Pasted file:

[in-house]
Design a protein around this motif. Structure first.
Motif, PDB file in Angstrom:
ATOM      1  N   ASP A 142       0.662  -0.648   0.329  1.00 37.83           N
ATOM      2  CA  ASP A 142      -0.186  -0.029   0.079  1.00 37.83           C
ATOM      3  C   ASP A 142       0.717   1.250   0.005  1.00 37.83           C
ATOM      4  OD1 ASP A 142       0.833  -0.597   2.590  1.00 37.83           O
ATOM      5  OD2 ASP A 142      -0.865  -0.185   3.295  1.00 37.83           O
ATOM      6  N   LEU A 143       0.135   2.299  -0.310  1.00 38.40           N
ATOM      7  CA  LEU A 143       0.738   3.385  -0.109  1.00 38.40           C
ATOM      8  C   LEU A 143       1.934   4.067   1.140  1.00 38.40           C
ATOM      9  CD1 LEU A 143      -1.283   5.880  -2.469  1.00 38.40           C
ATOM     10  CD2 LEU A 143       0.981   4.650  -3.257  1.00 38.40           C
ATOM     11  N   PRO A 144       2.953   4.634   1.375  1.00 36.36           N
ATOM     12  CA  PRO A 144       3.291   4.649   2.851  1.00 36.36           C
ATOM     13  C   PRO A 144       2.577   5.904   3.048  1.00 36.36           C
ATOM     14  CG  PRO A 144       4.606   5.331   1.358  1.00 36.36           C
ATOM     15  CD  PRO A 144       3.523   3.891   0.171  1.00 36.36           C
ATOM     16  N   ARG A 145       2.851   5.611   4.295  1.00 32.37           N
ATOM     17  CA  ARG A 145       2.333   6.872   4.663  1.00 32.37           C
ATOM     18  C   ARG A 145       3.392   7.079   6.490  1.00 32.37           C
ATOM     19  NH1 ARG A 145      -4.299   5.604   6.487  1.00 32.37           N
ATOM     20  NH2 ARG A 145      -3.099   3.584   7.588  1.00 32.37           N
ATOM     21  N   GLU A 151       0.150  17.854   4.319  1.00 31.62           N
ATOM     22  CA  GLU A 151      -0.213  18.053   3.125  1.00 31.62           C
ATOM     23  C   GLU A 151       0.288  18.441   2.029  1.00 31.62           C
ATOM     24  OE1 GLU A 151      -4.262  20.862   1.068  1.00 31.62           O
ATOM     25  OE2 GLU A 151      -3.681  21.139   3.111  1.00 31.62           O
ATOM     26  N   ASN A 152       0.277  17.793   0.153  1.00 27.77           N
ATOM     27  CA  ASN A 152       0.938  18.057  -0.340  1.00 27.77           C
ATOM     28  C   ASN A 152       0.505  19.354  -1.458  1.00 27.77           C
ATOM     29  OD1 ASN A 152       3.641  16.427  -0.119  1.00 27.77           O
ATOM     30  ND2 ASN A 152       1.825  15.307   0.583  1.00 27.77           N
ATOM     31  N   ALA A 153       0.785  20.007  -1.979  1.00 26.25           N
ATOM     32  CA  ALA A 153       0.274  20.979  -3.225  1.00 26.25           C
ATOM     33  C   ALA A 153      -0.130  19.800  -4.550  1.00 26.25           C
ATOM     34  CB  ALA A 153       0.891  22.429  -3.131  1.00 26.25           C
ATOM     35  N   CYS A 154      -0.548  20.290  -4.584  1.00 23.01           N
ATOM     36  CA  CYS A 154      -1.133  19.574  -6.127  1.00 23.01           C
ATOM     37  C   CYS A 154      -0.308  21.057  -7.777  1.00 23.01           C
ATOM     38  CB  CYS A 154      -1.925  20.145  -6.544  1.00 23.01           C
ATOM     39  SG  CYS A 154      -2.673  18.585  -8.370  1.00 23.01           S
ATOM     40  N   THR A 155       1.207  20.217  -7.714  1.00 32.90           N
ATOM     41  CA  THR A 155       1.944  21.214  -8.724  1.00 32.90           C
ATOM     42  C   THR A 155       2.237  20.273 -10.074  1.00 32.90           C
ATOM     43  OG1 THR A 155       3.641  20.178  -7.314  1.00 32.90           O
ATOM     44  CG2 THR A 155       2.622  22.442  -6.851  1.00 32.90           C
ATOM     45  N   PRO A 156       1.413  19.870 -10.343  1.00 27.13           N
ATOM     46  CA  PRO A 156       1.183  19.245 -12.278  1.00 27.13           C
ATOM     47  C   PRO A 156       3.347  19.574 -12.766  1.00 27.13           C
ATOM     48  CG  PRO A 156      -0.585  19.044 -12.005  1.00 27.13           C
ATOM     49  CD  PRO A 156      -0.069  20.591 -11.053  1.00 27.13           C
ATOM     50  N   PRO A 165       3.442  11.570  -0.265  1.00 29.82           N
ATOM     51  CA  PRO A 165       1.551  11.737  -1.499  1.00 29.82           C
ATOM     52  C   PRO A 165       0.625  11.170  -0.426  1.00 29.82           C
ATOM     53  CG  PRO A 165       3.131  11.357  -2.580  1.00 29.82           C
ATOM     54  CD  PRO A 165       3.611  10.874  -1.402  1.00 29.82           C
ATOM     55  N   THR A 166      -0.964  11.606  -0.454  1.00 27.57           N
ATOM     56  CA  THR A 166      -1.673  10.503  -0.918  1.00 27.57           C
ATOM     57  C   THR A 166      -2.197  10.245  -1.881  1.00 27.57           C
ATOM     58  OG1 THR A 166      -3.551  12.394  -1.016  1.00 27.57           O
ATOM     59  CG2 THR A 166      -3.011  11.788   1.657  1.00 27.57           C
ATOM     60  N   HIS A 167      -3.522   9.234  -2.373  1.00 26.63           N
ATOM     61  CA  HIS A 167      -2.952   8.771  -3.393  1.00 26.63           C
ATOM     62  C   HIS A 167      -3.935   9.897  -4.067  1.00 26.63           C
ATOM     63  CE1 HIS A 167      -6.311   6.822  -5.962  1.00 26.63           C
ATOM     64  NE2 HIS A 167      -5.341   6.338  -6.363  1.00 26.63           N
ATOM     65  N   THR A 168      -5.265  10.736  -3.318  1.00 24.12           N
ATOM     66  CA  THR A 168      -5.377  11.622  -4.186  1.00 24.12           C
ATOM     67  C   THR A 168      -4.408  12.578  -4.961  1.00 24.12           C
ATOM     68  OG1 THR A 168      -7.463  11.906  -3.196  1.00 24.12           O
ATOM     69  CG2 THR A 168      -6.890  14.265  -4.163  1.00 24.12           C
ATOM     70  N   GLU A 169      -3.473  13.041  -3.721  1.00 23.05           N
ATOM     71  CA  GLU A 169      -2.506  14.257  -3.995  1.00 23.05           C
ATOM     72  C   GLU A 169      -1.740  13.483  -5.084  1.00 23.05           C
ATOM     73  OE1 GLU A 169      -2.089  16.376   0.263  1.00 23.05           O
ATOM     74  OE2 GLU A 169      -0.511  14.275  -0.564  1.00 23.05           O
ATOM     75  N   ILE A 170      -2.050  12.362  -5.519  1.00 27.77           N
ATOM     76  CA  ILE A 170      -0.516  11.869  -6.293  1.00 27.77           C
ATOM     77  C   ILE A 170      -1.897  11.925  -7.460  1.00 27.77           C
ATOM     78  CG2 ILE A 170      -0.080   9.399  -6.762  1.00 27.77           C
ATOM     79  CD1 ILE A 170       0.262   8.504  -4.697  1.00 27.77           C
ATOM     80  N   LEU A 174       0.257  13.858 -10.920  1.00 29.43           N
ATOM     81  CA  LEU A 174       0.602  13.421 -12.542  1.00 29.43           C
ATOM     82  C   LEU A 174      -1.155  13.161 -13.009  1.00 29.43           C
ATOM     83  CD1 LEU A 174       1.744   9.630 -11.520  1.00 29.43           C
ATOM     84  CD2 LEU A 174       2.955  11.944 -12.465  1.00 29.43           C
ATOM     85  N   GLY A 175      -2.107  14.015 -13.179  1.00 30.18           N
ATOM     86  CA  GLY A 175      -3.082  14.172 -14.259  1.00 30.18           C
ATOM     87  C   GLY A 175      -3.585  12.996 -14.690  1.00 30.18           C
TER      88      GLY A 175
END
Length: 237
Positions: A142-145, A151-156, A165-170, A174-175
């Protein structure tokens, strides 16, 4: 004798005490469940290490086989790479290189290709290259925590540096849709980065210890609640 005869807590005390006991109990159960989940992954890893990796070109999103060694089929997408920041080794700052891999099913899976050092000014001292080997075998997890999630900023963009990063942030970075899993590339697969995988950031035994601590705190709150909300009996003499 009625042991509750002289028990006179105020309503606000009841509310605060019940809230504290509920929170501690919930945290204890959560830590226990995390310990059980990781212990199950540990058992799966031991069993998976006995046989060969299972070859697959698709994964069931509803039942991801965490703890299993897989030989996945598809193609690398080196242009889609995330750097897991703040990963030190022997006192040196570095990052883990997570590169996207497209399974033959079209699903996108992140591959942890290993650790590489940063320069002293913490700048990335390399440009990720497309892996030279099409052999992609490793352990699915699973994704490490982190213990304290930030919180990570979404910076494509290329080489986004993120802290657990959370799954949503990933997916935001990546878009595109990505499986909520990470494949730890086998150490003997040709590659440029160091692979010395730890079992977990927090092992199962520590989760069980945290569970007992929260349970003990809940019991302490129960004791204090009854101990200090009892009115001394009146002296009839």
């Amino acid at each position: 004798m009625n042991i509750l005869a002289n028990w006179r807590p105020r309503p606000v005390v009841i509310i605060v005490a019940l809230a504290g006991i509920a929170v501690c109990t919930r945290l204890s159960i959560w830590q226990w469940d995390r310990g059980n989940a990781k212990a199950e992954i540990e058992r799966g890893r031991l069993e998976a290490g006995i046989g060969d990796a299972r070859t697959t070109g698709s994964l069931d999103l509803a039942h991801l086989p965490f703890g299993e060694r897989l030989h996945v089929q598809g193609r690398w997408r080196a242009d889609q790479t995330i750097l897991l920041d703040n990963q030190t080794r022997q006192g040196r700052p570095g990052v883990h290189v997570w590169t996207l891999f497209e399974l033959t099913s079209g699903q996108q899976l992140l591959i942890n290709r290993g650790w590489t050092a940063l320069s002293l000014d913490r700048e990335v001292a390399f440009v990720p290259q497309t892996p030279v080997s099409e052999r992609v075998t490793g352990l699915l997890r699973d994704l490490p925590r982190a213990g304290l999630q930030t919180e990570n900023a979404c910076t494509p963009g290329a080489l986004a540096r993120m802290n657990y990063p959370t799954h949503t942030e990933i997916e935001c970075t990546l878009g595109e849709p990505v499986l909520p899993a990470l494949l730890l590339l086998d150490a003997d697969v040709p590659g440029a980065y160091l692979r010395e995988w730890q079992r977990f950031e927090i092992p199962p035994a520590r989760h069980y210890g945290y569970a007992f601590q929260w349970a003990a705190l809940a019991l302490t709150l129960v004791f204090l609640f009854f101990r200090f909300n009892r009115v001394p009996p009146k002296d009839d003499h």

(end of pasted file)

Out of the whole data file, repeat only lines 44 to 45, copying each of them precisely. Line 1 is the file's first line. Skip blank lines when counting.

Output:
ATOM     41  CA  THR A 155       1.944  21.214  -8.724  1.00 32.90           C
ATOM     42  C   THR A 155       2.237  20.273 -10.074  1.00 32.90           C